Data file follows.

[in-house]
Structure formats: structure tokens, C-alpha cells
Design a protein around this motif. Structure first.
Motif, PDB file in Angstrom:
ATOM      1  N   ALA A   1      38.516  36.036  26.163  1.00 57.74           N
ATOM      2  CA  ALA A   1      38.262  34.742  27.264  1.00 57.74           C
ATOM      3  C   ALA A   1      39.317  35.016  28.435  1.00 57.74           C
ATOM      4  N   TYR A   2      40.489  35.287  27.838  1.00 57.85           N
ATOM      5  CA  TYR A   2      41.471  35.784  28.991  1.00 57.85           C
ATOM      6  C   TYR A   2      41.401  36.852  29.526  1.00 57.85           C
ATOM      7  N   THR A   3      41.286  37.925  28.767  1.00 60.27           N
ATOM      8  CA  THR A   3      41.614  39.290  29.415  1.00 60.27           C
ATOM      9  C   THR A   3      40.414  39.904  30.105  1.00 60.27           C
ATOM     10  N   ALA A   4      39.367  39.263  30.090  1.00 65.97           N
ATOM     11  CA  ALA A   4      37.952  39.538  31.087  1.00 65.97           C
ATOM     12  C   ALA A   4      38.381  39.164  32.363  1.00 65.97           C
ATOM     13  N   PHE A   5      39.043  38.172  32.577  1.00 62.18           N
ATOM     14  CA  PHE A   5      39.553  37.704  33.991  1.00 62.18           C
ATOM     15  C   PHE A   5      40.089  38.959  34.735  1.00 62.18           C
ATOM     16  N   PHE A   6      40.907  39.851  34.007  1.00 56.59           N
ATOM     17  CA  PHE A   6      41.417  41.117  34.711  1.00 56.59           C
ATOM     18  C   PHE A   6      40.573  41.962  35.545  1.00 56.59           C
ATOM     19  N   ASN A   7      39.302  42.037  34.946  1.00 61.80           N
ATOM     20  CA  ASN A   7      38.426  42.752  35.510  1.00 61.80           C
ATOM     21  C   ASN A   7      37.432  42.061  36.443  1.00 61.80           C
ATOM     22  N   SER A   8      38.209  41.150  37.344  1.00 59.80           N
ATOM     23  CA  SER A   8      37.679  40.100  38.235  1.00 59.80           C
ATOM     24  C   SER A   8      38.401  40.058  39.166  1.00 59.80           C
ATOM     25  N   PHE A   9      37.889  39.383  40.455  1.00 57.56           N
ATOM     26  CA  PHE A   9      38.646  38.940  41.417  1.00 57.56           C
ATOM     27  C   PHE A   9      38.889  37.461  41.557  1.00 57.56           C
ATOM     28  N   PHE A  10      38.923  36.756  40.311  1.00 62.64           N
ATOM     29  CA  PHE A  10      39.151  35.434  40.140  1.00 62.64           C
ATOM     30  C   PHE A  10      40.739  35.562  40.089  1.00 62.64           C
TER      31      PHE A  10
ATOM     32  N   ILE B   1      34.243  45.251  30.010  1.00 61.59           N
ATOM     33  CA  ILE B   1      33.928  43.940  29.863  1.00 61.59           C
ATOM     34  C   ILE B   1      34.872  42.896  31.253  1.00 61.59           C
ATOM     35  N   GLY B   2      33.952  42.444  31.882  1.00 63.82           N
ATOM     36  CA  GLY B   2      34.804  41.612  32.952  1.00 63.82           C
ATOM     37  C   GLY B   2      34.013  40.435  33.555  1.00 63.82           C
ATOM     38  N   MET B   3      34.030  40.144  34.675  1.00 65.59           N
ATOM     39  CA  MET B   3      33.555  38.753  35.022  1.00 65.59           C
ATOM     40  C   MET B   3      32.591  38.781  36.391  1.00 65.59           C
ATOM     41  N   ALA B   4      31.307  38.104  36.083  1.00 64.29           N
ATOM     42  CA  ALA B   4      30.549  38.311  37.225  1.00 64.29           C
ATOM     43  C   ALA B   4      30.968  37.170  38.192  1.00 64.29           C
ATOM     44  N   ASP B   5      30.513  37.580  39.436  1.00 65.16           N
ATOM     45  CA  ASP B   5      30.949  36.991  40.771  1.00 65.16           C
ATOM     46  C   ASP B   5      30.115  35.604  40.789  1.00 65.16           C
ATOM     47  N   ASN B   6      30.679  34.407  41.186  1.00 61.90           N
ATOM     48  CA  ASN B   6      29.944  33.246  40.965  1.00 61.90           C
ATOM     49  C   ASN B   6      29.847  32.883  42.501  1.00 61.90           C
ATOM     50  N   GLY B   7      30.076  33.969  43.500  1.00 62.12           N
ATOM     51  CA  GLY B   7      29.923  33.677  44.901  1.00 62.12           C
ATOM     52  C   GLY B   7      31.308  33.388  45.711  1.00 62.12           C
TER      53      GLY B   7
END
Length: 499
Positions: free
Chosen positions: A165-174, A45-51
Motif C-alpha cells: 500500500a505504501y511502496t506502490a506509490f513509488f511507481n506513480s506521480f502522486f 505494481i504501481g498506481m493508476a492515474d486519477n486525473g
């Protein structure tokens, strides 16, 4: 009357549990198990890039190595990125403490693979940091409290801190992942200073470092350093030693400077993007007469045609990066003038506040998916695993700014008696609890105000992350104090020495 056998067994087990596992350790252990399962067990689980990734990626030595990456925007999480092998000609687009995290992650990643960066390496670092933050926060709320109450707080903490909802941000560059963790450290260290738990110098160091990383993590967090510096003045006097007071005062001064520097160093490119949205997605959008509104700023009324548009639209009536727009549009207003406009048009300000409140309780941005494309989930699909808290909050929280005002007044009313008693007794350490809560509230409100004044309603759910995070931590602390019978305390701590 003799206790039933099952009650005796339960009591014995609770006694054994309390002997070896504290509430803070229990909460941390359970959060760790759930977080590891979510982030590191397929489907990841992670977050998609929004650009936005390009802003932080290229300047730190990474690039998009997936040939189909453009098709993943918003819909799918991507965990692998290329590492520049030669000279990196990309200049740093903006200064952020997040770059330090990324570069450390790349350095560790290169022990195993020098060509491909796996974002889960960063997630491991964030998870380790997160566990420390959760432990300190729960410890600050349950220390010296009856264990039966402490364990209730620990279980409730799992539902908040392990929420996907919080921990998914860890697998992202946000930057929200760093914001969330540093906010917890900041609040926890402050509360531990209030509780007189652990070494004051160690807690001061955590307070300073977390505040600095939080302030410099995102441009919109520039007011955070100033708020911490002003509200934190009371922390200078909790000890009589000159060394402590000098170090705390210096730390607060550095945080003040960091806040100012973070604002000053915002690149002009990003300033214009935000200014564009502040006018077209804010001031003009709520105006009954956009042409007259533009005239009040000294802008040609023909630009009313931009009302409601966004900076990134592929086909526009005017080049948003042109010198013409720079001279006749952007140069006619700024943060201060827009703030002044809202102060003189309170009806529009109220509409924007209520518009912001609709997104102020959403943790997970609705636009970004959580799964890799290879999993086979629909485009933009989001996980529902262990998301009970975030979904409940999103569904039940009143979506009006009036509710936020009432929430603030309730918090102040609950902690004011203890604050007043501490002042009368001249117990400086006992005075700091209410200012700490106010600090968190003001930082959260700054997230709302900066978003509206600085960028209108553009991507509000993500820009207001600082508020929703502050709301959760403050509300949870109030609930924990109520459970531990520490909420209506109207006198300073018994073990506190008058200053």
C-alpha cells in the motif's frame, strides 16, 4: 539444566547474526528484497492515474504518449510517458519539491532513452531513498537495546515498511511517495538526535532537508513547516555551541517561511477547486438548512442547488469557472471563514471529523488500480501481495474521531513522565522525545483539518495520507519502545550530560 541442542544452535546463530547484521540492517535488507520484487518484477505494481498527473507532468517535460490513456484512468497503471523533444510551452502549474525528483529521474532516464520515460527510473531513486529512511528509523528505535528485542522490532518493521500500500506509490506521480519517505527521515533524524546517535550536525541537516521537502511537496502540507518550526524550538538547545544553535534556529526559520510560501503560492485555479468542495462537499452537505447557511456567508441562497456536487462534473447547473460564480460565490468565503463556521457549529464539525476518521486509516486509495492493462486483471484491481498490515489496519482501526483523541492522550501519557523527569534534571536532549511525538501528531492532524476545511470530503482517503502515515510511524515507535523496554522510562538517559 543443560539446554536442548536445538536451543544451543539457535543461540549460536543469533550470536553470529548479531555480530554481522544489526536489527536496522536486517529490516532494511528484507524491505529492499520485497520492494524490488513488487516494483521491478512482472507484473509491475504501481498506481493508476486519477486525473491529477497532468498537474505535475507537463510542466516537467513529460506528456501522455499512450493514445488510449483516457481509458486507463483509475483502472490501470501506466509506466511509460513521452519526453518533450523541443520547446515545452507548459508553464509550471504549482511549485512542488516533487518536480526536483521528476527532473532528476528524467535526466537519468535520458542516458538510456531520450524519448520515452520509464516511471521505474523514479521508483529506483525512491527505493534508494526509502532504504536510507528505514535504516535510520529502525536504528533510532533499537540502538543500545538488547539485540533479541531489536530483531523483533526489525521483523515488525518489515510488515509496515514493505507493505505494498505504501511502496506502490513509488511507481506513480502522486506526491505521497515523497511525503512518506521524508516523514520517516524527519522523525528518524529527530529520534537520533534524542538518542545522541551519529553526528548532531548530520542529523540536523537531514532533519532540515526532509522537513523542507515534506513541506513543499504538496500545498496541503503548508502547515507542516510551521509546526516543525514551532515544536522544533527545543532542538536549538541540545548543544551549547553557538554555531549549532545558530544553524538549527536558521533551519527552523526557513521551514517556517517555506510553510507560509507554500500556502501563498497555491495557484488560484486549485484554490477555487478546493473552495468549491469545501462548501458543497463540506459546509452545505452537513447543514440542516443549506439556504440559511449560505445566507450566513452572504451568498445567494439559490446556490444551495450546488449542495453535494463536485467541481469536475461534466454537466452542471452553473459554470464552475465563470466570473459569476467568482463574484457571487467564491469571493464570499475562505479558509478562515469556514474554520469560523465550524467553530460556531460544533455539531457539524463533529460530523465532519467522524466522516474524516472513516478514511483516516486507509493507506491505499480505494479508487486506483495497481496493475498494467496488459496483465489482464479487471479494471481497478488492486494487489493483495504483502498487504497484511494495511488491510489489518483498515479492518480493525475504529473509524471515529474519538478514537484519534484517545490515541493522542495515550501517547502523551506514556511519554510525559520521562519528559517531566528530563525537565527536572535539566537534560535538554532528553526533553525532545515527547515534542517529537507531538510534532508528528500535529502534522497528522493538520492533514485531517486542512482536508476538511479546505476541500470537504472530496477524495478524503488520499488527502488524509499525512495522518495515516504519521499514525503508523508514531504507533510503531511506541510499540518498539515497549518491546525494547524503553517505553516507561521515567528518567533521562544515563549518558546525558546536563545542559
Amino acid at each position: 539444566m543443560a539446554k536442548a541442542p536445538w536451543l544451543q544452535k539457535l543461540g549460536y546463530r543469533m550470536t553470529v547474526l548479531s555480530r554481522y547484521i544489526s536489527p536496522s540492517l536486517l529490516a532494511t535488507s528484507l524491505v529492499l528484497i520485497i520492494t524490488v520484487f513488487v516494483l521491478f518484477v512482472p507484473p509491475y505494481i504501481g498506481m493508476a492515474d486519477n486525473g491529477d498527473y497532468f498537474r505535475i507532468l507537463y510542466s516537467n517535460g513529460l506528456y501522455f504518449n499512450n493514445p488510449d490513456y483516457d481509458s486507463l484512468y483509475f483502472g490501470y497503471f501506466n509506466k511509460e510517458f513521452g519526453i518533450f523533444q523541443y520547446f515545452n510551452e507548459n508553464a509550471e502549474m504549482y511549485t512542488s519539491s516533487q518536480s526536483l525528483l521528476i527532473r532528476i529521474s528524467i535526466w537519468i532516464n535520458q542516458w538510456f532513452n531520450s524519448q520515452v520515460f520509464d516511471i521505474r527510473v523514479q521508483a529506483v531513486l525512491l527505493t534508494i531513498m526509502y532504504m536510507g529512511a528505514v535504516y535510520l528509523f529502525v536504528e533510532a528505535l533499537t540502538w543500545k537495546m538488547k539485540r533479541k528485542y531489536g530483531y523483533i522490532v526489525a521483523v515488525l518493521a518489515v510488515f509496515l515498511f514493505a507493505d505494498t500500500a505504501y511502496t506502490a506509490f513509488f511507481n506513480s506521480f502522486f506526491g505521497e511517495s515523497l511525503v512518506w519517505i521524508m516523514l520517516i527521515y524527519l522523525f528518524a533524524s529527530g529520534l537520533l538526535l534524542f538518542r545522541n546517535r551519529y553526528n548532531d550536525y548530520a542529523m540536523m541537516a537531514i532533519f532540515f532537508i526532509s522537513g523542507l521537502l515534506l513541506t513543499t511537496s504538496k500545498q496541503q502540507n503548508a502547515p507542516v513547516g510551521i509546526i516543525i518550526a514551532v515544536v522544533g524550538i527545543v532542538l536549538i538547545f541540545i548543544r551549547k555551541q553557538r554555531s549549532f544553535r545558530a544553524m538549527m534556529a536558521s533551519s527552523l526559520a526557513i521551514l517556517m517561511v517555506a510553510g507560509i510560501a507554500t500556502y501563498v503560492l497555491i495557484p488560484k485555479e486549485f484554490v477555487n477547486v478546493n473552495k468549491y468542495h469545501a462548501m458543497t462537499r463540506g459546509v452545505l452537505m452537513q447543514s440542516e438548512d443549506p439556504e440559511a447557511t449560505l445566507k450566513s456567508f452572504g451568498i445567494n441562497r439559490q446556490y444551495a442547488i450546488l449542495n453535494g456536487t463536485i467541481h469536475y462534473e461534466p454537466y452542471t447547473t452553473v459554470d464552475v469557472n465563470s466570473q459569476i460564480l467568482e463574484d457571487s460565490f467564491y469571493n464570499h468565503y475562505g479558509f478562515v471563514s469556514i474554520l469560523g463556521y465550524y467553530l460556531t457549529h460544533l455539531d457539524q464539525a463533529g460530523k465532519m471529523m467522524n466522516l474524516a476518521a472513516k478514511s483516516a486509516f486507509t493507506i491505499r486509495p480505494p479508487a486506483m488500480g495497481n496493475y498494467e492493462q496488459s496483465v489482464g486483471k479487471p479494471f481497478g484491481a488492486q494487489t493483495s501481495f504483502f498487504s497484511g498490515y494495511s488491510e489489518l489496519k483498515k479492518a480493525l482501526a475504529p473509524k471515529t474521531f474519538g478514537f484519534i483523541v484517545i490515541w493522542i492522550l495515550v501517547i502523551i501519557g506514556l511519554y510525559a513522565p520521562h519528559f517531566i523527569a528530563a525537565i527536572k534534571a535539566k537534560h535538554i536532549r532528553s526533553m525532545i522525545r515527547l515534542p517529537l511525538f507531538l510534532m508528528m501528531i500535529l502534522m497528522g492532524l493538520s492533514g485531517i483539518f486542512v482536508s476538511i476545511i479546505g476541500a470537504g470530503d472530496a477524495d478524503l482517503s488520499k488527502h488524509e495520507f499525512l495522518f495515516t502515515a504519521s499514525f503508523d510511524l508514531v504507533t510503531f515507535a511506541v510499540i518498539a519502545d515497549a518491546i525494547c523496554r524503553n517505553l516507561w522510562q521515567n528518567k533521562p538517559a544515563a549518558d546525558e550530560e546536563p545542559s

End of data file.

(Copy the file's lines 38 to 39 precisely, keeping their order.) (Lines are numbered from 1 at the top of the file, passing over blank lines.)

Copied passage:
ATOM     34  C   ILE B   1      34.872  42.896  31.253  1.00 61.59           C
ATOM     35  N   GLY B   2      33.952  42.444  31.882  1.00 63.82           N